One of my favorite poses with this family portrait was the interaction of the 2 year old big brother and his daddy listening for a sound his soon to be sister.

Both of these next two portrait techniques were used as part of the porch project during the Covid-19 pandemic shutdown. As a way to give back to the community, a couple of professional and enthusiast photographers volunteered their time and talents to photograph the families in their small town.


4. Use Unique Clothing

When you tie your group of subjects together with a common activity or common identity it makes for a clever portrait. Here are two examples, one with common clothing and one with the use of a common prop.

First Responders PortraitFirst Responders
Dad and His Two Boys

This father and his two sons are first responders in their small hometown. I posed them near their front door with the father positioned on the first step of the porch to make him taller than his two boys in the composition.

Similarly, in the portrait below, there was a commonality that was very important to the client. These 4 brothers all enlisted in the Navy.

portrait of 4 brothers in uniform"Four Brothers in Navy Uniforms"


When my kids were young and playing youth soccer I used the same idea with all 5 of us dressing in our soccer uniforms. My three kids each wore there soccer jerseys and my wife and I dressed as soccer coaches for our selfie family portrait.


5. Use A Common Prop

After a heavy wind and rainstorm, this family was photographed with each of them holding their own umbrellas. I placed the two daughters in between the two large trees to add a little visual interest rather than them just stand four in a row.

family portrait common propsFamily Portrait With Umbrellas

Another version of this technique in addition to them all wearing blue jeans could be to have matching umbrellas. 

You can take advantage of another valuable source for some creative portrait technique ideas by browsing through books on portrait photography, I have a small library of books and they've been very helpfful to me in my portrait photography business. 


Books about Portrait Photography Technique

It's no doubt, you can find a lot of free information on techniques for creative portrait photography. Hey, that's what you're getting on this website.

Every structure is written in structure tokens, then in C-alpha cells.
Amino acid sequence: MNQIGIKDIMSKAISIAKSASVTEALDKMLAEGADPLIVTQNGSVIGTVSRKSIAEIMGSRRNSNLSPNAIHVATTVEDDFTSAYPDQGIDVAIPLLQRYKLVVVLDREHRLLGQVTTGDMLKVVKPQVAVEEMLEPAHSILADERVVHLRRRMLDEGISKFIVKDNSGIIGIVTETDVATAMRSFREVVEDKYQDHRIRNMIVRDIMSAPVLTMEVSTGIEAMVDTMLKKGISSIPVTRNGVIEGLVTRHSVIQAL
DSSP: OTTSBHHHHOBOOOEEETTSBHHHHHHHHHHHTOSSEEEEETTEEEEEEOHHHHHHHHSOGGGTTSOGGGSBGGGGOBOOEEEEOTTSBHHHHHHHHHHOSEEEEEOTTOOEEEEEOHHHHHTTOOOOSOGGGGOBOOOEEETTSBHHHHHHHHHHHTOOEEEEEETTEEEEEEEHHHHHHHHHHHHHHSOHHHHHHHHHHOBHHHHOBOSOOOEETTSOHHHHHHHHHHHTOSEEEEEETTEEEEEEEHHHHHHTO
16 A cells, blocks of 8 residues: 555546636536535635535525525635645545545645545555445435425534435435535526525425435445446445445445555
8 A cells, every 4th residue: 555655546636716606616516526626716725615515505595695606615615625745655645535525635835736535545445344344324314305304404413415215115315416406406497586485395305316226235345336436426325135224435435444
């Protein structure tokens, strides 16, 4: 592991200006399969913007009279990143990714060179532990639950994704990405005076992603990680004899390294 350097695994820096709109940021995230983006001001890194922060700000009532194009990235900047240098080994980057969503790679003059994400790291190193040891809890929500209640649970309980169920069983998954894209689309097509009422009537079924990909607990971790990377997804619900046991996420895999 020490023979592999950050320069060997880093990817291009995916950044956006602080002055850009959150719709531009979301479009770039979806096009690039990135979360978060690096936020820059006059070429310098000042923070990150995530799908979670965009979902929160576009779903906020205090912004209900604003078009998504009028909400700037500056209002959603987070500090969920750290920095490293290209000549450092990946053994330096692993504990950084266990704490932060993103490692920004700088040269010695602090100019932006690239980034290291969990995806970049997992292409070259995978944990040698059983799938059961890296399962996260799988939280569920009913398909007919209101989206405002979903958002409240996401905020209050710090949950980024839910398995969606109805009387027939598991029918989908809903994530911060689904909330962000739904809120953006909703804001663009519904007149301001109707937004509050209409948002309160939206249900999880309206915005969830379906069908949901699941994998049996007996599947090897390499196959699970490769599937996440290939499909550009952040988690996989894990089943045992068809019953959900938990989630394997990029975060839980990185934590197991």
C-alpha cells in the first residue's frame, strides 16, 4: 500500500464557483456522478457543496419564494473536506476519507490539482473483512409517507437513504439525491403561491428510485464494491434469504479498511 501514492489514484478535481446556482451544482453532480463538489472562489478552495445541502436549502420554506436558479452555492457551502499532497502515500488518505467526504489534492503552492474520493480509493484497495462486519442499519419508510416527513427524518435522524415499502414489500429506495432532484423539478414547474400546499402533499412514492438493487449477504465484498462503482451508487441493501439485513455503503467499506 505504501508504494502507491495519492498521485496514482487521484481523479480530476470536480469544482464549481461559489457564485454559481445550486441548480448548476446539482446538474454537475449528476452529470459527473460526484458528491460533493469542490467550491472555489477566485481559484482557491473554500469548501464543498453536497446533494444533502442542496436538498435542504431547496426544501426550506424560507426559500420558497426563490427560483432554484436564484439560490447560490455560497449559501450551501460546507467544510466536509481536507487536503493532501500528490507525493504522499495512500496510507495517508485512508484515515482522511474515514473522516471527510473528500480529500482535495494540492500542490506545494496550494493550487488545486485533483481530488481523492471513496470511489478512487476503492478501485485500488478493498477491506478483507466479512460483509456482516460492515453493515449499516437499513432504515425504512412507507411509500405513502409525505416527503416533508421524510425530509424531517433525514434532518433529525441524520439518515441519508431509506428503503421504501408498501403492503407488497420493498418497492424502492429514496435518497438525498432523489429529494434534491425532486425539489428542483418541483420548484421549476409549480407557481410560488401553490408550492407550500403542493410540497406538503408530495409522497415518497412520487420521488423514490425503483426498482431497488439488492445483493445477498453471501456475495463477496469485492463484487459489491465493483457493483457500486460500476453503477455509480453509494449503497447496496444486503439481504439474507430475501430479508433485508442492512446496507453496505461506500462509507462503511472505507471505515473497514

But what about buying a traditional, old fashioned book about portraits? There's something to be said about having a printed book on your shelf, easily accessed and held in your hands.

You can search reviews on eBooks or printed books on portrait photography and add to your knowledge and skill set. Why buy when you can get it for free? Two reasons.


  1. EXPERIENCE. It's a different experience. Just like reading a book printed novel on paper is different than reading it on a Kindle or a Nook. Screen resolutions are absolutely great these days, no doubt. But there is something unique about seeing and feeling the physical pages in your hands as you read and explore a physical copy of a book.
  2. SPEED. Finding bookmarks in a book is faster. I have several books in both printed and Kindle versions and it's so much easier to flip through physical pages to your bookmarks than it is to find a digital bookmark. And who doesn't like to save time looking for something? 


Stay inspired and creative. Keep shooting.

Enjoy related creative photography techniques by using one of the links below my signature.


Article published by Bruce Lovelace

ABOUT BRUCE LOVELACE

Bruce is the publisher of Better Digital Photo Tips. Read more on the About Page. He's been known as The Traveling Photographer ever since he started his location photography business in 1994.

View some of Bruce's photos on Instagram.   Visit the Facebook Page. Watch him on YouTube.  Bruce runs photo workshops for kids and adults, and provides one-on-one photography coaching.